Buford Middle School and City Schoolyard Garden recently hosted the 10th anniversary of the annual Fall Harvest Festival to celebrate the school garden’s bountiful harvest and the people that make it happen.
“The Harvest Festival brings our community together to appreciate everything the garden brings—teamwork, leadership, exploration, discovery and, of course, the wonderful vegetables, herbs, and flowers that the students grow,” said CSYG Executive Director Jeanette Abi-Nader.
Open to all City of Charlottesville families, the Harvest Festival offered garden tours, face painting, scavenger hunts, a petting zoo, and a local artisan marketplace selling wares such as jewelry and homemade jam. Additionally, food vendors were on site, including the Charlottesville-Albemarle Technical Education Center (CATEC) food bus.
Since the garden at Buford was established in 2010, more than 260,000 youth interactions have been logged, providing a rich opportunity for learning year round. Meanwhile, the city schools now have nine gardens thanks to nearly $2.5 million in grants and individual donations, along with financial support from over 1000 businesses and school division funds.
“The evolution of our programming is a powerful testament to the role of the garden in the community and the identity of our school system,” said Abi-Nader. “Now we have urban gardening classes at CHS, Garden Aide classes at Buford, and regular outdoor learning opportunities at all six elementary schools.”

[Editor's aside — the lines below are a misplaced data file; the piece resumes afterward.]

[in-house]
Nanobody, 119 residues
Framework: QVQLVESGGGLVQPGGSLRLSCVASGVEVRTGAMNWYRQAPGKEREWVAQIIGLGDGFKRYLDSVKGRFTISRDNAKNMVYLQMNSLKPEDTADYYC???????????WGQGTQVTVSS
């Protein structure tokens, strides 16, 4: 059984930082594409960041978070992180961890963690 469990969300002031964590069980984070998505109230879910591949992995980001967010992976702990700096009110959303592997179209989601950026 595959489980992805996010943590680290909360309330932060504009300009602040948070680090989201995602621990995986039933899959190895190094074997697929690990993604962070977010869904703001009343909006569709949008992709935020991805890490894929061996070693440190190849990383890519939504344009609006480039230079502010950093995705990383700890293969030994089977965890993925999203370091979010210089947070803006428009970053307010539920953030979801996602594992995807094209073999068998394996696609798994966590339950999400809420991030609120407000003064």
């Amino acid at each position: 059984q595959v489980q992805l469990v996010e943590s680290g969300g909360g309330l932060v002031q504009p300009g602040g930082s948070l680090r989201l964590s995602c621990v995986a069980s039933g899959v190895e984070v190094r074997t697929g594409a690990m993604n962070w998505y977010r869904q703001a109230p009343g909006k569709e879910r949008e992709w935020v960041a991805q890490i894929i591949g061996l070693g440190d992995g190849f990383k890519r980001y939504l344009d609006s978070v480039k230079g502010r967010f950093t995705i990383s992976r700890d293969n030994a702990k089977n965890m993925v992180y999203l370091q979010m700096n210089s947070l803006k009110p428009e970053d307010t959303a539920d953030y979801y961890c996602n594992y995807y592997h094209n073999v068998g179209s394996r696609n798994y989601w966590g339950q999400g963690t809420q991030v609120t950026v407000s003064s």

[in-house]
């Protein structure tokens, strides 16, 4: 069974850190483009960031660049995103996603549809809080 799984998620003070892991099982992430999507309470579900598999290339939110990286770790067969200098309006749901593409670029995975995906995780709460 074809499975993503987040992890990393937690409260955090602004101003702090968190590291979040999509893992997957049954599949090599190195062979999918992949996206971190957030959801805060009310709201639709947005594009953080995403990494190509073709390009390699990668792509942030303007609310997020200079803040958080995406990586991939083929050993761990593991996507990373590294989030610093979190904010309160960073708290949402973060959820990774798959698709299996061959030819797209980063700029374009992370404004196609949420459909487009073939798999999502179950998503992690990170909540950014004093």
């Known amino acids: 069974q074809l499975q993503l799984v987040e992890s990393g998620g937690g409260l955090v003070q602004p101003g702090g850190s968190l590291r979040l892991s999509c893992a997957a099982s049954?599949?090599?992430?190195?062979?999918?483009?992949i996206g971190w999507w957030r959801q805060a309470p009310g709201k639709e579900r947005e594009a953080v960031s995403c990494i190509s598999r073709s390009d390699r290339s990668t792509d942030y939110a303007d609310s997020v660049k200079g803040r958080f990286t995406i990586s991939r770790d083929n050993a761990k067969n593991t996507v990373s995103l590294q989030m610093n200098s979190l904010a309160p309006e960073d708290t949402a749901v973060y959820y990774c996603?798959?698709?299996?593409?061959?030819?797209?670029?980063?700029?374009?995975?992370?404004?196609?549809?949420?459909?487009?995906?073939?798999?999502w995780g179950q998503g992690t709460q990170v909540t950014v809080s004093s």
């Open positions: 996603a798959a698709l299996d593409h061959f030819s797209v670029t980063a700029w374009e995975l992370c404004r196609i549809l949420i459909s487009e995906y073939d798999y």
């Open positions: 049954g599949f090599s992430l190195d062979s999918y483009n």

The gardens also provide cross-curricular learning such as ESL classes learning English vocabulary, science classes using the garden for lab experiments, and art classes painting gourds.
Eleventh-grader Manny Quezada began volunteering in the Buford garden when he was still in elementary school. He became a garden aide when he was in middle school, and he spent this past summer as a garden intern. Whether planting seeds, picking weeds, or harvesting his favorite green beans, Manny’s garden work has cultivated a love for the outdoors and appreciation for healthy foods.
“I had an option to work in the garden or go to PE class, and I chose the garden,” said Quezada. “It is rewarding to be able to enjoy the sunshine, relax, and see the results of my hard work.”
The first Harvest Festival nearly a decade ago had 20 visitors, and now the festival attracts over 600 attendees. The free dinner traditionally features the winning dish of Buford’s Veggie Cookoff, a friendly competition among students who create dishes using a special ingredient. Last year, the special ingredient was eggplant, and the winner was eggplant meatballs and pasta. This year’s special ingredient was tomatoes.
The festival was the kick-off event for the 2019 Charlottesville Healthy Schools Week and VA Farm to School Week, October 7-11. During the week, students in all nine of the city schools will participate in special programming that includes garden activities, visits from farm animals, and made-from-scratch lunches made with local ingredients provided by area farmers through Local Food Hub.
Locally-sourced lunch menu offerings will include:
- Monday: apples and pears
- Tuesday: fresh salsa, apples and pears
- Wednesday: Fresh herb baked chicken, yellow squash, tossed salad, apples and pears
- Thursday: homemade vegetable soup, tossed salad
- Friday: tossed salad, apples and pears